A Wedding-Dress by Morley Callaghan, 1927
The magic trick:
Producing an emotional effect through the change in perspective the reader gets about Lena’s appearance
We’re off on a two-week trip through Canada.
Morley Callaghan starts us in Windsor for this sad tale of Miss Lena Schwartz. Discussion of the magic trick requires a revelation that will spoil the effect.
I will say that the key here lies in perspective, specifically surrounding the way the reader pictures Lena wearing her dress in the store and the way we picture her later in the story.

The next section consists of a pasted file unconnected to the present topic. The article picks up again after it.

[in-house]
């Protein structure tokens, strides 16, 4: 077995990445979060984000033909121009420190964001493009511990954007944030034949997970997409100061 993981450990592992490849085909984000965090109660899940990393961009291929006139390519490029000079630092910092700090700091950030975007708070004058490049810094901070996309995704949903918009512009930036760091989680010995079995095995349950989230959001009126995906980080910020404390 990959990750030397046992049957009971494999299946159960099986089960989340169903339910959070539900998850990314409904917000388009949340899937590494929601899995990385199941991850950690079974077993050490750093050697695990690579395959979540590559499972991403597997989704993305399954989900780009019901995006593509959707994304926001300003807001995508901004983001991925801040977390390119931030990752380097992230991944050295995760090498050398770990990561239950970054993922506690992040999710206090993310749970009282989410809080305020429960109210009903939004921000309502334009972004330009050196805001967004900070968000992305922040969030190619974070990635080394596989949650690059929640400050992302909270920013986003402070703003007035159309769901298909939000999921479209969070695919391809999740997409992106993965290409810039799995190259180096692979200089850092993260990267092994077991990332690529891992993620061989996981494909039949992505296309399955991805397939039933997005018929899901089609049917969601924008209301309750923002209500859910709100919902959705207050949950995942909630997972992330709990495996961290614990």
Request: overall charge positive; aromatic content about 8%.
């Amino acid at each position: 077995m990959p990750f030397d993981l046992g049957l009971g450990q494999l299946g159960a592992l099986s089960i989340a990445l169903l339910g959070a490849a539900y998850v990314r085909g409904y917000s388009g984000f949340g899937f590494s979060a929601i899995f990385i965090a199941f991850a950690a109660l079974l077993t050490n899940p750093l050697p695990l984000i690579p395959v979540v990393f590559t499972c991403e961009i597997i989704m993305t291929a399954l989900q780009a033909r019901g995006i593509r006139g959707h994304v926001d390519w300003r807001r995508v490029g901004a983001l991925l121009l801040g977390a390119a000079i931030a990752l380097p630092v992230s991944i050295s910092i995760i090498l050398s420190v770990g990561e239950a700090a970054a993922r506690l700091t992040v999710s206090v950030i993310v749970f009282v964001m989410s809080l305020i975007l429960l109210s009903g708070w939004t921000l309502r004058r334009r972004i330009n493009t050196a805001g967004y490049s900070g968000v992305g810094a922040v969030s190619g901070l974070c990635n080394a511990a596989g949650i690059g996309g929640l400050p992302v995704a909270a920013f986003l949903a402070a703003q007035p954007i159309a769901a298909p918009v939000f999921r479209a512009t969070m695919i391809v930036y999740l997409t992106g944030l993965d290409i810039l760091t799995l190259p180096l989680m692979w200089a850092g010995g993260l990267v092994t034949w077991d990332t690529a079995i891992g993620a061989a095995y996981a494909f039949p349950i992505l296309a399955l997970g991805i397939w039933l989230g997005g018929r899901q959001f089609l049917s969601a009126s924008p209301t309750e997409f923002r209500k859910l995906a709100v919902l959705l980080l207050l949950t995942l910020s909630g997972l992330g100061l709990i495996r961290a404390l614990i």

The change is heartbreaking.
And that’s quite a trick on Callaghan’s part.
For fifteen years Miss Lena Schwartz had waited for Sam Hilton to get a good job so they could get married. She lived in a quiet boarding-house on Wellesley Street, the only woman among seven men boarders. The landlady, Mrs. Mary McNab, did not want woman boarders; the house might get a bad reputation in the neighborhood, but Miss Schwartz had been with her a long time. Miss Schwartz was thirty-two, her hair was straight, her nose turned up a little, and she was thin.
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